With the current rotation doing as well as they have, what should the Marlins do when Jose Urena and Pablo Lopez return from the IL?. Personally, I think the Marlins should trade Trevor Richards before/at the deadline. 

Between the staff, Richards has the fourth highest ERA behind Jose Urena, Zac Gallen, and Pablo Lopez. Jose Urena and Pablo Lopez have been on the injured list so they haven’t had a chance to lower their ERAs. Zac Gallen only has twelve major league innings to his name so there’s not much to go off of there. Gallen has shown a lot of promise, just needs to limit his walks.

  • Jose Urena (4.70 ERA)
  • Zac Gallen (4.50 ERA)
  • Pablo Lopez (4.23 ERA) 
  • Trevor Richards (4.18 ERA)

Let’s say Richards has been traded at the deadline, and Urena and Lopez are back from the IL, what should the Marlins do now? Well, there are now seven starting pitchers that could get a rotation spot, but there are only five spots. I say move Urena and Elieser Hernandez to the bullpen.

Urena has the stuff to be in a middle relief type of role and Hernandez already has bullpen experience so I don’t think this is a bad situation

What Could The Rotation Look Like?

Use the rotation that will give the club the best opportunity to win a game, and in my opinion that rotation looks like this:

  • Caleb Smith
  • Sandy Alcantara
  • Jordan Yamamoto
  • Pablo Lopez
  • Zac Gallen

I could make the argument that Yamamoto should be the number one starter or the “Ace” of the staff because of how amazing he has been but he only has 29 innings pitched. As a result, Caleb Smith seemed like the more obvious choice as the front of the rotation pitcher.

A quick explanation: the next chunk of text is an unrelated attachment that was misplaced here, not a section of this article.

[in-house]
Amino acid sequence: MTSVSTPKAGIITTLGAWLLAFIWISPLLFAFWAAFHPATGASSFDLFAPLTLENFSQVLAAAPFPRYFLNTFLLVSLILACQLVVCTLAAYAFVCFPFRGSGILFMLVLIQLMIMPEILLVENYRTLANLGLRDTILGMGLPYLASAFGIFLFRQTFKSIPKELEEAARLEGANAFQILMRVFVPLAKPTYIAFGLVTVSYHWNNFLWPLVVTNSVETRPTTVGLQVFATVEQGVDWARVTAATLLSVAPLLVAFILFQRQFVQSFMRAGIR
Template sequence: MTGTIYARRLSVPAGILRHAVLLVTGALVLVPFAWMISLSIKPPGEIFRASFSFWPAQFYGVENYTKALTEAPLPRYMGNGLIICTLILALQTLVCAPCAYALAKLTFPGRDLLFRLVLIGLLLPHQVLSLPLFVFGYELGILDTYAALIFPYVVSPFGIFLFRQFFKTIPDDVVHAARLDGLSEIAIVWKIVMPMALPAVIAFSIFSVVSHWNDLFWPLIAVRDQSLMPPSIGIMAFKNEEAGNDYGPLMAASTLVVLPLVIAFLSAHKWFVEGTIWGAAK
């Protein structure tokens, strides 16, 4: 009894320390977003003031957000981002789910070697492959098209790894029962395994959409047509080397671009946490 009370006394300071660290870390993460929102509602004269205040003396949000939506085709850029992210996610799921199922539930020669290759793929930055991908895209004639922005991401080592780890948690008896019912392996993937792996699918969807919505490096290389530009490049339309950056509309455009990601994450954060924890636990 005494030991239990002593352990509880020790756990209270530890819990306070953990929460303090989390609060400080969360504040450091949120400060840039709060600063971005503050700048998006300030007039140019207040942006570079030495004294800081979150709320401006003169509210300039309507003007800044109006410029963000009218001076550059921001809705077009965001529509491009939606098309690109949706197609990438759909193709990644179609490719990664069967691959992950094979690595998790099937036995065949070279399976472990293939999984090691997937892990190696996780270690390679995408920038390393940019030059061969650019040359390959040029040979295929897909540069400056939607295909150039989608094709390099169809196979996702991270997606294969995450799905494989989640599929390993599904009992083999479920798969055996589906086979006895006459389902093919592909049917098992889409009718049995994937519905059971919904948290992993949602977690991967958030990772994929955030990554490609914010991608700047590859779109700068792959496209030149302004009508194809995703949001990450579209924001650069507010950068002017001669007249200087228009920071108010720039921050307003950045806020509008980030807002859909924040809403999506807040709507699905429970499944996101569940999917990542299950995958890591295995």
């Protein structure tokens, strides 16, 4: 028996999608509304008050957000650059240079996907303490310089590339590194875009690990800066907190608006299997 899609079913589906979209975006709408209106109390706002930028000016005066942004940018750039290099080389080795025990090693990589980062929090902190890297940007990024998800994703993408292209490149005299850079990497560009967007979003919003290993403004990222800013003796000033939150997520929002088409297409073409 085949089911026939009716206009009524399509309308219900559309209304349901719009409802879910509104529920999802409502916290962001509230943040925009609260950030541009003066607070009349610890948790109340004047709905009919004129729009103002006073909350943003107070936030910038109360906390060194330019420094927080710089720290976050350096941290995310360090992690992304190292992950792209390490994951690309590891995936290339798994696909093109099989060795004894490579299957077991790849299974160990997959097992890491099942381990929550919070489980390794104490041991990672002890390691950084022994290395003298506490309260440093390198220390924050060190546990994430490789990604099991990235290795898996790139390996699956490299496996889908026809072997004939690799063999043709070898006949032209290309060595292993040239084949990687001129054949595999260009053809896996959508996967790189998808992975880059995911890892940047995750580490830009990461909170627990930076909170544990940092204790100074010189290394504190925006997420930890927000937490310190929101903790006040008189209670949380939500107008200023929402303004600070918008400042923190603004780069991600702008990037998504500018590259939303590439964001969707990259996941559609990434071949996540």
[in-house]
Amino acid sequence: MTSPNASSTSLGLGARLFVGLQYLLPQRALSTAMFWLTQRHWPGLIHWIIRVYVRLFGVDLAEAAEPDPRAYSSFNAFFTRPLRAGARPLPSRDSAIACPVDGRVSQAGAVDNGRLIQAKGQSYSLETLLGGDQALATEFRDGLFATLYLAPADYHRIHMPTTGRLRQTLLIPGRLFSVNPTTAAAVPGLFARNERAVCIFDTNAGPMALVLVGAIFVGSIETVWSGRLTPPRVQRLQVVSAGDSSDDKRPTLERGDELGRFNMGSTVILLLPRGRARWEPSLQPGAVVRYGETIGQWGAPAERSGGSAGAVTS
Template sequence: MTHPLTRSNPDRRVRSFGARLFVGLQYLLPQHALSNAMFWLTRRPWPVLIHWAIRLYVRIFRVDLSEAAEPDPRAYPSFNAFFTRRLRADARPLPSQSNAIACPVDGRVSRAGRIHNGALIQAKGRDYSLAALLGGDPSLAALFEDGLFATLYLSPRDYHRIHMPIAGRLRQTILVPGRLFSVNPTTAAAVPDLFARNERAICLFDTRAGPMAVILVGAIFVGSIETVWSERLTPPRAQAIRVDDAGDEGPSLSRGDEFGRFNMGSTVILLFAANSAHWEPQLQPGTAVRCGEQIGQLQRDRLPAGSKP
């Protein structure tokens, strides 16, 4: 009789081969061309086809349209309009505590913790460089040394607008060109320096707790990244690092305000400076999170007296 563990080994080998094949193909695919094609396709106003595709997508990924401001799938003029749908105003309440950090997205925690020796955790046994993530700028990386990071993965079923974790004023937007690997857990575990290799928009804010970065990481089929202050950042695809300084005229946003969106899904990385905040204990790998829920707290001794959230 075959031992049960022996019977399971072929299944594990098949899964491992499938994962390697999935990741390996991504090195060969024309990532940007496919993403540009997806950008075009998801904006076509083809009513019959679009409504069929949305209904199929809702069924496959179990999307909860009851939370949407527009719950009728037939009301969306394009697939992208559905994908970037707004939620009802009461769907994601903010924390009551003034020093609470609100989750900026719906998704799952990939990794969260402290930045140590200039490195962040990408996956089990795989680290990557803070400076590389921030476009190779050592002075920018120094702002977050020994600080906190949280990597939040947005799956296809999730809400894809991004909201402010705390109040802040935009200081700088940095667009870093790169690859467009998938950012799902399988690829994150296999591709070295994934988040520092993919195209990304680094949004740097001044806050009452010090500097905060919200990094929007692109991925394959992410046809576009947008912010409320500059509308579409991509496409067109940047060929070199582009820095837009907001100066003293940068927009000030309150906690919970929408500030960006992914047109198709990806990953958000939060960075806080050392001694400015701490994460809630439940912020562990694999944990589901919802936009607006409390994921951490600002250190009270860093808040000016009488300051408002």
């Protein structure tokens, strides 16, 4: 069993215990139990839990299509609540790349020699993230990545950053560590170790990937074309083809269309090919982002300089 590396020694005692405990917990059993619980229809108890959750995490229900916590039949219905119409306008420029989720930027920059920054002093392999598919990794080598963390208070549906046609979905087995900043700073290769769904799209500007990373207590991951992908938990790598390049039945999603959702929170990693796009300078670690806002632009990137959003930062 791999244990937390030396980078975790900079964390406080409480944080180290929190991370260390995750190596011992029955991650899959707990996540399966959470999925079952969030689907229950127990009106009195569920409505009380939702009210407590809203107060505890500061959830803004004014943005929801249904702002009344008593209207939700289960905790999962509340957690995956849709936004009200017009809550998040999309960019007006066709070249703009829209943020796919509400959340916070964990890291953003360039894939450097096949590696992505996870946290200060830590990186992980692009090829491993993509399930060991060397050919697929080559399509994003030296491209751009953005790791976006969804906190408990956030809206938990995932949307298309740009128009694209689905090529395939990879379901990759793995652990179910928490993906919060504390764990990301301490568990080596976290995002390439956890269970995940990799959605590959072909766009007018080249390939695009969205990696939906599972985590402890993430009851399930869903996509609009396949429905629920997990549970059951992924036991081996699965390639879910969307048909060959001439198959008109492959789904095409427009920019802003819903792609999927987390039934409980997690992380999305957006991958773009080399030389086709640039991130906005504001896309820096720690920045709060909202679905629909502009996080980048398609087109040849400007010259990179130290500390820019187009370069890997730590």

This is a Top 10 in the league rotation, possibly even Top 5. I mean they’re already Top 7 so Top 5 is definitely doable. All the team needs now is some run producing bats and in fact, they’re on their way. A trade for a very highly regarded Cleveland Indian (I won’t say any names) may be possible this offseason if Cleveland decides to sell.

Some impactful free agent bats are also on the Marlins’ radar this offseason as well. Players eligible for free agency this offseason that could be targeted by the Marlins include:

  • Jose Abreu
  • Didi Gregorius 
  • Marcell Ozuna
  • Yasiel Puig
  • Nicholas Castellanos

It’s going to be a fun offseason and the trade deadline is only the beginning. 

Hey now, Sandy Alcantara is an All-Star

The Miami Marlins called up Sandy Alcantara on June 28, 2018, for the first time since acquiring him along with Daniel Castano, Magneuris Sierra and Zac Gallen in a trade with the St. Louis Cardinals for Marcel Ozuna.

One year later and he is heading to the MLB All-Star Game on Tuesday, July 9, in Cleveland.

“I feel great,” Alcantara said. “I feel really happy to get to the All-Star [Game] and represent my team and my family.”

The 23-year-old right-hander has posted a 3.86 ERA and 1.40 WHIP in 13 starts this season and is the fifth Marlins’ rookie to make it to the All-Star Game, joining Alex Gonzalez (1999), Dontrelle Willis (2003), Dan Uggla (2006) and the late Jose Fernandez (2013).

“I’m really happy for Sandy,” Marlins manager Don Mattingly said. “He’s a kid that we feel is getting better through the course of the season, from last year to this year. We still feel like this is the tip of the iceberg for him. Hopefully, it’s one of many.”

The fans picked the starters and the players voted for the reserves. The Commissioner’s Office was tasked with filling out both the National League and American League rosters, making sure that every team had at least one representative. The Marlins are in the middle of a rebuild under new ownership that centers around starting pitching so it was only fitting that one of their best pitchers received the honor.

Alcantara’s next start is at Washington on Wednesday and would be on schedule to pitch during the All-Star Game.